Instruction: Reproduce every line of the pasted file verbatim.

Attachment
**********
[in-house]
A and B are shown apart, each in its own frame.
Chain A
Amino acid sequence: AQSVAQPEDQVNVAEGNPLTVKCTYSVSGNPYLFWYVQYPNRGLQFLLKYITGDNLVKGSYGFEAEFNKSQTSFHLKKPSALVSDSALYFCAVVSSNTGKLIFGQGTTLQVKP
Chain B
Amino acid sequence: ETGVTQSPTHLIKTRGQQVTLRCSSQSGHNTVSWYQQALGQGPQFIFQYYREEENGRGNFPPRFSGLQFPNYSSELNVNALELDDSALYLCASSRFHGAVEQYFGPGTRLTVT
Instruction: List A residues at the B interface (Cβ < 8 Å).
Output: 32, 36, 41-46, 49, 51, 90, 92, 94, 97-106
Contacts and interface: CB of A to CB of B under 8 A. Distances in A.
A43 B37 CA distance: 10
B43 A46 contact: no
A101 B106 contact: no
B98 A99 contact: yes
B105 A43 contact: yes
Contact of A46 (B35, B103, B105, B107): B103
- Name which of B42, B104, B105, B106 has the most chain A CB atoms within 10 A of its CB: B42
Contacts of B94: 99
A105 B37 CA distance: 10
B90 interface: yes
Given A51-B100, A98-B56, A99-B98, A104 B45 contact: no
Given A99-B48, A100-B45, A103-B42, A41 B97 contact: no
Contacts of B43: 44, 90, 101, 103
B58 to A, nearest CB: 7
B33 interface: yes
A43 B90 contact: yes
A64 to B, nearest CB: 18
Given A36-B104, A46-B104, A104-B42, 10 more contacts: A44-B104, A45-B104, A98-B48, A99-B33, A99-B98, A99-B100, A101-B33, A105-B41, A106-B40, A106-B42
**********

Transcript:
[in-house]
A and B are shown apart, each in its own frame.
Chain A
Amino acid sequence: AQSVAQPEDQVNVAEGNPLTVKCTYSVSGNPYLFWYVQYPNRGLQFLLKYITGDNLVKGSYGFEAEFNKSQTSFHLKKPSALVSDSALYFCAVVSSNTGKLIFGQGTTLQVKP
Chain B
Amino acid sequence: ETGVTQSPTHLIKTRGQQVTLRCSSQSGHNTVSWYQQALGQGPQFIFQYYREEENGRGNFPPRFSGLQFPNYSSELNVNALELDDSALYLCASSRFHGAVEQYFGPGTRLTVT
Instruction: List A residues at the B interface (Cβ < 8 Å).
Output: 32, 36, 41-46, 49, 51, 90, 92, 94, 97-106
Contacts and interface: CB of A to CB of B under 8 A. Distances in A.
A43 B37 CA distance: 10
B43 A46 contact: no
A101 B106 contact: no
B98 A99 contact: yes
B105 A43 contact: yes
Contact of A46 (B35, B103, B105, B107): B103
- Name which of B42, B104, B105, B106 has the most chain A CB atoms within 10 A of its CB: B42
Contacts of B94: 99
A105 B37 CA distance: 10
B90 interface: yes
Given A51-B100, A98-B56, A99-B98, A104 B45 contact: no
Given A99-B48, A100-B45, A103-B42, A41 B97 contact: no
Contacts of B43: 44, 90, 101, 103
B58 to A, nearest CB: 7
B33 interface: yes
A43 B90 contact: yes
A64 to B, nearest CB: 18
Given A36-B104, A46-B104, A104-B42, 10 more contacts: A44-B104, A45-B104, A98-B48, A99-B33, A99-B98, A99-B100, A101-B33, A105-B41, A106-B40, A106-B42